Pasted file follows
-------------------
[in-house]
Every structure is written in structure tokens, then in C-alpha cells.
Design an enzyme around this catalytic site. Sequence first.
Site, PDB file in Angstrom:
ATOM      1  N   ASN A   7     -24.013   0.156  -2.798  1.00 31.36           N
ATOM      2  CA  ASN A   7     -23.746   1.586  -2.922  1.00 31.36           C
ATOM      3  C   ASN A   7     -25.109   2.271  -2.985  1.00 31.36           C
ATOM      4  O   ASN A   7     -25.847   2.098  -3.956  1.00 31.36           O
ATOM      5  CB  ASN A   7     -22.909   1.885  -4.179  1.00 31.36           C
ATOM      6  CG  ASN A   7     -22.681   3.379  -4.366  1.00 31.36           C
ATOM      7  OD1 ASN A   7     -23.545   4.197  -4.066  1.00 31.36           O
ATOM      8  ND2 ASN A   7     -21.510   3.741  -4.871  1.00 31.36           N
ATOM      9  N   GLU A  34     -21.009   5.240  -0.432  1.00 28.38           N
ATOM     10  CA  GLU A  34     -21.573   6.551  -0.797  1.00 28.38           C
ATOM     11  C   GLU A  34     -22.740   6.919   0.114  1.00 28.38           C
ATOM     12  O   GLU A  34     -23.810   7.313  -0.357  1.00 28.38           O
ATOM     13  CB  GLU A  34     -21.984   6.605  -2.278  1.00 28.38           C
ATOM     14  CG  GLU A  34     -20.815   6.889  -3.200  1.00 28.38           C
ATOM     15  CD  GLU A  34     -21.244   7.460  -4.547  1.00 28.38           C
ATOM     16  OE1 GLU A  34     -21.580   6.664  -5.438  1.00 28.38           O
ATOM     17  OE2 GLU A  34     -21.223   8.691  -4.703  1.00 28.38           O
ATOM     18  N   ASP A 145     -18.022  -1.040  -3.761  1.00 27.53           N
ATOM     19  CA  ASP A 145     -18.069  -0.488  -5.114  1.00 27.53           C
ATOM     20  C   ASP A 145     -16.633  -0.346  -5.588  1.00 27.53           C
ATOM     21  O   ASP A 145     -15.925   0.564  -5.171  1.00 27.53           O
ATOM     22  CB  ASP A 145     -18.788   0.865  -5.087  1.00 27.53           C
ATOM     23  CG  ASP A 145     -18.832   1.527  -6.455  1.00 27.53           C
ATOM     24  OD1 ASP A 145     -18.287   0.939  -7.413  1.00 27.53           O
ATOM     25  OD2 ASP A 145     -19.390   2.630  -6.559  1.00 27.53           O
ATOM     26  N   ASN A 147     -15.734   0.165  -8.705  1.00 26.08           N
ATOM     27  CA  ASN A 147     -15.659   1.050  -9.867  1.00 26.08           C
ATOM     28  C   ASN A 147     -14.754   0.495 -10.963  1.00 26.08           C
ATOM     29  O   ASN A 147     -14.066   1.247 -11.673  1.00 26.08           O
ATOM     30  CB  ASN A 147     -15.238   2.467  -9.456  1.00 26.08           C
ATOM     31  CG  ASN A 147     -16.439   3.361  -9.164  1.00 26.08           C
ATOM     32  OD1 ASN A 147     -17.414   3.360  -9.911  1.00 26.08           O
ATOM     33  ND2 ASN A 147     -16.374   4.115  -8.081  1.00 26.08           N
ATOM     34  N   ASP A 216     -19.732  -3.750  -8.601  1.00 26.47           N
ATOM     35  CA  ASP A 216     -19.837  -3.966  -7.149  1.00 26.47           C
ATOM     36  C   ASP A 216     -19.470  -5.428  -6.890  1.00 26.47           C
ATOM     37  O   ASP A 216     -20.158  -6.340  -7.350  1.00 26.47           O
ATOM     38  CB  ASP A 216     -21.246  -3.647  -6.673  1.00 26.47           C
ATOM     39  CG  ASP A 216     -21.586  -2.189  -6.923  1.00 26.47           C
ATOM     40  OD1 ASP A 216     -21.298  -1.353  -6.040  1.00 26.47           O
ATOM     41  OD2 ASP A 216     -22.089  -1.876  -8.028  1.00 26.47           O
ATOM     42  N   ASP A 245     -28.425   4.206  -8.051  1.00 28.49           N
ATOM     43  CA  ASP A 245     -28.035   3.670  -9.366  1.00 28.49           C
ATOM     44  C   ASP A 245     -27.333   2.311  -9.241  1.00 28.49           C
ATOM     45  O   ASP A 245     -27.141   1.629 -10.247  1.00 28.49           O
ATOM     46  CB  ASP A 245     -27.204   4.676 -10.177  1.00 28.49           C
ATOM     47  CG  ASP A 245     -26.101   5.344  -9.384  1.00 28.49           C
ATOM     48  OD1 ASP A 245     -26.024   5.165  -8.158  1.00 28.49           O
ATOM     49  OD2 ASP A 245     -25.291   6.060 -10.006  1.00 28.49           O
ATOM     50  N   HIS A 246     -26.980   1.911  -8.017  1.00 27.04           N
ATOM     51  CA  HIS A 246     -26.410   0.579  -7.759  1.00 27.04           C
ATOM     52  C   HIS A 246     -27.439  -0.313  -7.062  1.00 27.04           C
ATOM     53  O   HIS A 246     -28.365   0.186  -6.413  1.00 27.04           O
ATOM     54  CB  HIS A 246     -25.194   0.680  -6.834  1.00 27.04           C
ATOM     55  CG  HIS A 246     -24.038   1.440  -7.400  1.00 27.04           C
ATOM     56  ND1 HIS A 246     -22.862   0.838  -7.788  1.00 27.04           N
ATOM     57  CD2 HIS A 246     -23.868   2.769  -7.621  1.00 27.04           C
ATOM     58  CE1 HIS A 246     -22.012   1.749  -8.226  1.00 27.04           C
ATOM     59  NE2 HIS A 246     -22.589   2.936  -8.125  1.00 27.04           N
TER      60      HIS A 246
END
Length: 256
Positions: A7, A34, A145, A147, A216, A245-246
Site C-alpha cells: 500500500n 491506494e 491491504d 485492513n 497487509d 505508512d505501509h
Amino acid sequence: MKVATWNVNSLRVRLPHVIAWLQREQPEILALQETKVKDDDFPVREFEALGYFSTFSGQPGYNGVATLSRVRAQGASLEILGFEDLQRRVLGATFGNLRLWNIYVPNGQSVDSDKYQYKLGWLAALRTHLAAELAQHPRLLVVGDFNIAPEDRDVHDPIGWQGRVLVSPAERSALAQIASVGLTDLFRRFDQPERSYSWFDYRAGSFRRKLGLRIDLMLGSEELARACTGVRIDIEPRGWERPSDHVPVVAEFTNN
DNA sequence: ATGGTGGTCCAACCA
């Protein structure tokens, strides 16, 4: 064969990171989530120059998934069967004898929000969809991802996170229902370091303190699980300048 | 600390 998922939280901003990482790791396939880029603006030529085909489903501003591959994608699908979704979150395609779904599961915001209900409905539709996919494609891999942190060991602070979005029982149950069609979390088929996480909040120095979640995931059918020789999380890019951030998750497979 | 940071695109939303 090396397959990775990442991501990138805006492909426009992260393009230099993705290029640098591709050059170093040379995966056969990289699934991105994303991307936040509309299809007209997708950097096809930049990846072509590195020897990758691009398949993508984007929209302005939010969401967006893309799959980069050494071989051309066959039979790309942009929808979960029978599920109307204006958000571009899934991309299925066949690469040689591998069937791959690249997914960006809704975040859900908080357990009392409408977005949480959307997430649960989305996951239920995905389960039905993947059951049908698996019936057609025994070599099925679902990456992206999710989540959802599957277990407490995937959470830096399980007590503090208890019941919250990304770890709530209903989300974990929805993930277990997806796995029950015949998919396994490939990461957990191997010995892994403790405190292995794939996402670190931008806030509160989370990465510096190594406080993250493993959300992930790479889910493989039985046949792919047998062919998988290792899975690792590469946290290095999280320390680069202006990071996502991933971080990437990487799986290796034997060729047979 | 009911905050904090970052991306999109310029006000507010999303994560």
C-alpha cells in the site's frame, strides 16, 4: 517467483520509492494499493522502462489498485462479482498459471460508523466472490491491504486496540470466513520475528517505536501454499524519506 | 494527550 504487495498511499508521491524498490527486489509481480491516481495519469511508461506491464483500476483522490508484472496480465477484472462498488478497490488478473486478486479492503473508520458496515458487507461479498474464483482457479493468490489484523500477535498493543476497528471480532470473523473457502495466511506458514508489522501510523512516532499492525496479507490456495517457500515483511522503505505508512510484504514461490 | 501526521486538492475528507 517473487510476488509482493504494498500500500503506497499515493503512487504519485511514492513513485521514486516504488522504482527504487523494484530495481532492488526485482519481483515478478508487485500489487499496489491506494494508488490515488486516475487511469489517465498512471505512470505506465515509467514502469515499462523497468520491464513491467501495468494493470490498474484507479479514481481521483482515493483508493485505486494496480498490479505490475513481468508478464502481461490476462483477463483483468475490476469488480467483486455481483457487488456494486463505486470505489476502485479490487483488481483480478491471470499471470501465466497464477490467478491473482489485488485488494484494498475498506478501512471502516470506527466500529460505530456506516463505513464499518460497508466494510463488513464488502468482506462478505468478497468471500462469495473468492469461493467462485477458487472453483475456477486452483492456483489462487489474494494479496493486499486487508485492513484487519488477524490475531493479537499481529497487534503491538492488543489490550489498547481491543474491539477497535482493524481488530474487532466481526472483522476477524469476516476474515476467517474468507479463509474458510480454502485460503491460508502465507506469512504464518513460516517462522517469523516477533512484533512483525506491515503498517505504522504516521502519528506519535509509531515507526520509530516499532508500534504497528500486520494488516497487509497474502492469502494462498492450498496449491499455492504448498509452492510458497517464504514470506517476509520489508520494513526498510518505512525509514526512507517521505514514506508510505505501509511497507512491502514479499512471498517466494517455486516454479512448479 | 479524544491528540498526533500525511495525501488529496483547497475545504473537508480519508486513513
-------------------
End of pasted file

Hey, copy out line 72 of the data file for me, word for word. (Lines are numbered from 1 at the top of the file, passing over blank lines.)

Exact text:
C-alpha cells in the site's frame, strides 16, 4: 517467483520509492494499493522502462489498485462479482498459471460508523466472490491491504486496540470466513520475528517505536501454499524519506 | 494527550 504487495498511499508521491524498490527486489509481480491516481495519469511508461506491464483500476483522490508484472496480465477484472462498488478497490488478473486478486479492503473508520458496515458487507461479498474464483482457479493468490489484523500477535498493543476497528471480532470473523473457502495466511506458514508489522501510523512516532499492525496479507490456495517457500515483511522503505505508512510484504514461490 | 501526521486538492475528507 517473487510476488509482493504494498500500500503506497499515493503512487504519485511514492513513485521514486516504488522504482527504487523494484530495481532492488526485482519481483515478478508487485500489487499496489491506494494508488490515488486516475487511469489517465498512471505512470505506465515509467514502469515499462523497468520491464513491467501495468494493470490498474484507479479514481481521483482515493483508493485505486494496480498490479505490475513481468508478464502481461490476462483477463483483468475490476469488480467483486455481483457487488456494486463505486470505489476502485479490487483488481483480478491471470499471470501465466497464477490467478491473482489485488485488494484494498475498506478501512471502516470506527466500529460505530456506516463505513464499518460497508466494510463488513464488502468482506462478505468478497468471500462469495473468492469461493467462485477458487472453483475456477486452483492456483489462487489474494494479496493486499486487508485492513484487519488477524490475531493479537499481529497487534503491538492488543489490550489498547481491543474491539477497535482493524481488530474487532466481526472483522476477524469476516476474515476467517474468507479463509474458510480454502485460503491460508502465507506469512504464518513460516517462522517469523516477533512484533512483525506491515503498517505504522504516521502519528506519535509509531515507526520509530516499532508500534504497528500486520494488516497487509497474502492469502494462498492450498496449491499455492504448498509452492510458497517464504514470506517476509520489508520494513526498510518505512525509514526512507517521505514514506508510505505501509511497507512491502514479499512471498517466494517455486516454479512448479 | 479524544491528540498526533500525511495525501488529496483547497475545504473537508480519508486513513